Volcano experts are announcing bravely that the Turrialba volcano has shown a reduction in activity since Sunday.
That does not mean the mountain will go back to sleep peacefully. The nearby brother volcano, Irazú, spent more than two years with eruptions off and on.
The national emergency commission said that since 9 a.m. Sunday, no more eruptions have been logged.
However, the mountain continues to emit water vapor and gases, and the plume can be seen from a distance.
The plume is believed to extend about 500 meters, about 1,640 feet, above the level of the crater.
The wind is carrying the plume south southwest, said the commission, correctly called the Comisión Nacional de Prevención de Riesgos y Atención de Emergencias.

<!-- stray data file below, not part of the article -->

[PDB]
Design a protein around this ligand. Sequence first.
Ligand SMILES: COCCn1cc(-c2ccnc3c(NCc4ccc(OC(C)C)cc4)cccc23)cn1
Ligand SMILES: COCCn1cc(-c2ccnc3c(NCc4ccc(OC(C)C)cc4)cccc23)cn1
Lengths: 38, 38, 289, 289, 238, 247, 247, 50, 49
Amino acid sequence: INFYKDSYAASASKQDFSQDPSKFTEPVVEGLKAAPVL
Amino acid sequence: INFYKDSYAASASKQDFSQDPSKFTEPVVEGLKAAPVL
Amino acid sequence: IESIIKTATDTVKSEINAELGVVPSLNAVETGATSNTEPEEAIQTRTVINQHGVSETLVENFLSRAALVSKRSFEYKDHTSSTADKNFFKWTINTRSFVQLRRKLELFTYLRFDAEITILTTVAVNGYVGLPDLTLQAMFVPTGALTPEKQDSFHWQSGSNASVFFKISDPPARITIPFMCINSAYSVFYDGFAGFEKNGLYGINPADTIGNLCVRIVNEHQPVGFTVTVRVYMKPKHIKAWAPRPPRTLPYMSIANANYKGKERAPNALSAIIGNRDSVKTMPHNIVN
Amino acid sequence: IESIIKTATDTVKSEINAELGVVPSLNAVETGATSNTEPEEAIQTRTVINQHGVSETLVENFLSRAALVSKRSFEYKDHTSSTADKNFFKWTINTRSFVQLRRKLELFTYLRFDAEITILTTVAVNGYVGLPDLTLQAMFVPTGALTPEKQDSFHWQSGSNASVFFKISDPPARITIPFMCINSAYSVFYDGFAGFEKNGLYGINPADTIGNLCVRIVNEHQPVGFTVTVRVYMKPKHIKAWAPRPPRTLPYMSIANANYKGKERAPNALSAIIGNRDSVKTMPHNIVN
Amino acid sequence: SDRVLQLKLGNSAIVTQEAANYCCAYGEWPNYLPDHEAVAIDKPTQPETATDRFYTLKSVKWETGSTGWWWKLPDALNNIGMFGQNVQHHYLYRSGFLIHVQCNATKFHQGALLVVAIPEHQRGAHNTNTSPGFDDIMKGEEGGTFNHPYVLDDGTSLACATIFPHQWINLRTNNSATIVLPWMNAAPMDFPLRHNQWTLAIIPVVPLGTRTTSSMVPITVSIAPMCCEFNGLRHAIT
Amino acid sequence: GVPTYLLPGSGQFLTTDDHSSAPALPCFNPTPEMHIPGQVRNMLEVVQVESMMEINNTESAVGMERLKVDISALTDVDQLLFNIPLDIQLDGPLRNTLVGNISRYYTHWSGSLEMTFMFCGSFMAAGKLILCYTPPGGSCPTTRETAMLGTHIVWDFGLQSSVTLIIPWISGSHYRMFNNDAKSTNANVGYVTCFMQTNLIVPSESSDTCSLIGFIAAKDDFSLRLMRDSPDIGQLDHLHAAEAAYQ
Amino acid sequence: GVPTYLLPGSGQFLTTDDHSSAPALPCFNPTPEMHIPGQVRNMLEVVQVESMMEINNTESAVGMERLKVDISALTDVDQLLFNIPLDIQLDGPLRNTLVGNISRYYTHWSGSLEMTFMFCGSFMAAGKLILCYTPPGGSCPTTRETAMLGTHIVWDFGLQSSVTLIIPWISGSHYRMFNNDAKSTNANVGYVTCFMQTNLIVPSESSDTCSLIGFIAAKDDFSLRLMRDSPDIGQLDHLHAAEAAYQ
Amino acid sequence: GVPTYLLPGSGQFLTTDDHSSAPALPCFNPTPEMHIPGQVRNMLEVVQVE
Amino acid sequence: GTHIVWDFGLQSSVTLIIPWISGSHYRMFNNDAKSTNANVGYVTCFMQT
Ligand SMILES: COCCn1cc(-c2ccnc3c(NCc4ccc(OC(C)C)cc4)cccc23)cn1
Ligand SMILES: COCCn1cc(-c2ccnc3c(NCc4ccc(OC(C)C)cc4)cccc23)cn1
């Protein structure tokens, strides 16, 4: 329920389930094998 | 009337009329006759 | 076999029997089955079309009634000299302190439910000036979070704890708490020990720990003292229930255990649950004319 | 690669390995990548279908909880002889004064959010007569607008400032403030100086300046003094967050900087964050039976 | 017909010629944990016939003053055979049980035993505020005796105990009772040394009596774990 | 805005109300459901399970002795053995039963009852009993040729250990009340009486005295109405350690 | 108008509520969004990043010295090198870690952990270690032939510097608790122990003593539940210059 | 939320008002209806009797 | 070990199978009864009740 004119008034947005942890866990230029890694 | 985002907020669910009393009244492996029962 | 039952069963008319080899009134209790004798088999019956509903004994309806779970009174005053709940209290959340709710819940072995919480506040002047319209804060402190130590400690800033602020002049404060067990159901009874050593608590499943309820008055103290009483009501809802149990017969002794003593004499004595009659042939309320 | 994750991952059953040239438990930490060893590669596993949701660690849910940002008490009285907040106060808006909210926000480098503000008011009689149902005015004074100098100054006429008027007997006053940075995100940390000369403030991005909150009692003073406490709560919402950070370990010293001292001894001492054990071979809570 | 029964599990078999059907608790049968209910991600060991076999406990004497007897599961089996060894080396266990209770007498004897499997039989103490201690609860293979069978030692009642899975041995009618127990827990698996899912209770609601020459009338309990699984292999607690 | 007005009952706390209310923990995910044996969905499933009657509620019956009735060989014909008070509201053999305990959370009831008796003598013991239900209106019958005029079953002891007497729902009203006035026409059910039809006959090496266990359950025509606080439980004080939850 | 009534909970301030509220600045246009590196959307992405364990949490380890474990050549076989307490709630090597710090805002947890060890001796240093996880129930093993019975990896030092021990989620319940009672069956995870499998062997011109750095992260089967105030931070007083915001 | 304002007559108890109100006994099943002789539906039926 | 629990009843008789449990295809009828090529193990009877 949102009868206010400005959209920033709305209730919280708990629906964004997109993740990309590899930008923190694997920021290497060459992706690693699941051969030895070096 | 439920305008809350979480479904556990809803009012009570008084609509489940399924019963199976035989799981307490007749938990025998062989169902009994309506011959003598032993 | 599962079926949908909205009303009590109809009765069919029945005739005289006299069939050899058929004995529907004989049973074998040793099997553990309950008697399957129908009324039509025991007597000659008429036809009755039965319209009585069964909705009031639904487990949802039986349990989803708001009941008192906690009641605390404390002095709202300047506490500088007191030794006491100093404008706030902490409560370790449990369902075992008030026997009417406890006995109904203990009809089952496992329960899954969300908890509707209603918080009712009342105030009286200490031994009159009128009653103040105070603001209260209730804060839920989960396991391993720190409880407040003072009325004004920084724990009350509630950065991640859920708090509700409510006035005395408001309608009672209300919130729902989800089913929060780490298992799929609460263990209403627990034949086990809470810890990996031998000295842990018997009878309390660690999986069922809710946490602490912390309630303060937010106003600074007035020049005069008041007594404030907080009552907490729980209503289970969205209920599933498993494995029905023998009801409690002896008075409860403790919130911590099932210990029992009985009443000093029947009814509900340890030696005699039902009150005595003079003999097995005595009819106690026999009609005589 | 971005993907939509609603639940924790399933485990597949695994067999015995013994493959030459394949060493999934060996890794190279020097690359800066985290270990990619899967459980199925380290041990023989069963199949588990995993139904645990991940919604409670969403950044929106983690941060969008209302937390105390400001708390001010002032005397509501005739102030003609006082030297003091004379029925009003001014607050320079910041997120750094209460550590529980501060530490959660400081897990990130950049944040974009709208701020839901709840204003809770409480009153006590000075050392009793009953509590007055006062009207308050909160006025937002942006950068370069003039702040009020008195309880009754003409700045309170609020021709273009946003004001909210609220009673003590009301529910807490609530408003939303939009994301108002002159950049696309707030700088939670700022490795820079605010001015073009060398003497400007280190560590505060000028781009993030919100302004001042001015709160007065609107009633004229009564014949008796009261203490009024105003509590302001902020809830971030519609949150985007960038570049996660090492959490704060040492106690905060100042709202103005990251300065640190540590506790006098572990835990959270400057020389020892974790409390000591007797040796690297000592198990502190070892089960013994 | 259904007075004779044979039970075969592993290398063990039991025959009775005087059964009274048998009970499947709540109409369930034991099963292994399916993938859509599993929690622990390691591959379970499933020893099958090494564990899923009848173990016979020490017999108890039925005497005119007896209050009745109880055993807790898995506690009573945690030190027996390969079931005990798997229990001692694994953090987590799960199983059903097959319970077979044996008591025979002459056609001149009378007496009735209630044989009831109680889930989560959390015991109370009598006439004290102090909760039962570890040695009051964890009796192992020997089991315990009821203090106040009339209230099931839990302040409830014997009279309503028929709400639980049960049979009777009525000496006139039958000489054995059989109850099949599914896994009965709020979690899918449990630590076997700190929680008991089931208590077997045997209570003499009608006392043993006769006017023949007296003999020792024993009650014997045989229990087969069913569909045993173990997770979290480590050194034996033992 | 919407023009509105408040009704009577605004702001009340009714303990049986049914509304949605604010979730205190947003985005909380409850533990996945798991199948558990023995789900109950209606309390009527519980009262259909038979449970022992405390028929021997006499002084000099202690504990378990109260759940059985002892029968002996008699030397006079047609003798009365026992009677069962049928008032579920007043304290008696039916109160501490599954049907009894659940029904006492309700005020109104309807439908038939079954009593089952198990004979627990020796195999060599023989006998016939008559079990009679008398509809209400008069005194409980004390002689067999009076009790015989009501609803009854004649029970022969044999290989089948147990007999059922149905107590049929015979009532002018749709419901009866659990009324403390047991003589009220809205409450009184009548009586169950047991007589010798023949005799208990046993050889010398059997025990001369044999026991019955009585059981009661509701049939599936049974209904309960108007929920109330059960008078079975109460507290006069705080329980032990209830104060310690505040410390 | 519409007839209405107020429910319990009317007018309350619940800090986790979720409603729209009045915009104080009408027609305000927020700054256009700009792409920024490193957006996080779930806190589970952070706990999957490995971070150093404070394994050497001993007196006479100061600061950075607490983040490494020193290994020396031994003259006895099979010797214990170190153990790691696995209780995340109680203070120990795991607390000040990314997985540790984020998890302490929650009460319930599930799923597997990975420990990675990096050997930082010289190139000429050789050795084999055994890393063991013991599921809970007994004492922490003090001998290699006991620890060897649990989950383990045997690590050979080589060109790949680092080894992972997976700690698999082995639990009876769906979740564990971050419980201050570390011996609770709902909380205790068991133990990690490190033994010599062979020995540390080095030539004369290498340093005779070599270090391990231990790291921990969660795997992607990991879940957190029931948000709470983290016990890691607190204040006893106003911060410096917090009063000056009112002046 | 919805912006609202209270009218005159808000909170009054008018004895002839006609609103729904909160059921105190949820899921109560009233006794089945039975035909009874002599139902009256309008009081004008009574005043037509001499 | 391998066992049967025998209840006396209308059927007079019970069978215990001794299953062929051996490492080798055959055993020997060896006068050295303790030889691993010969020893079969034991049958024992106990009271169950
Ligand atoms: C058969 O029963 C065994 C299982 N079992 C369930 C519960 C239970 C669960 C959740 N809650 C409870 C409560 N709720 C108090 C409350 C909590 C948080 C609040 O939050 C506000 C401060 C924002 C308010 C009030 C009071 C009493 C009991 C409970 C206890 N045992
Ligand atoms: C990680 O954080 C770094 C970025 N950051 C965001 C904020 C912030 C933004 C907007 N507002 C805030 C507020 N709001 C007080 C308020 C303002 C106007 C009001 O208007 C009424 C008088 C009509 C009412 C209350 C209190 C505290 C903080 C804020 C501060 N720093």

Instruments on and nearby the mountain continue to detect seismic activity within.
Five schools near the volcano remain closed, and technicians are checking the quality of the drinking water. They also are checking the water in the Ríos Aquiares and Guayabito.
There are perhaps more cows than people within the five-kilometer radius being maintained by police and park
rangers. There also are many truck gardens with vegetables that have suffered from the ash.
The emergency commission continues to truck in hay bales for the animals so they do not have to eat the ash covered vegetation.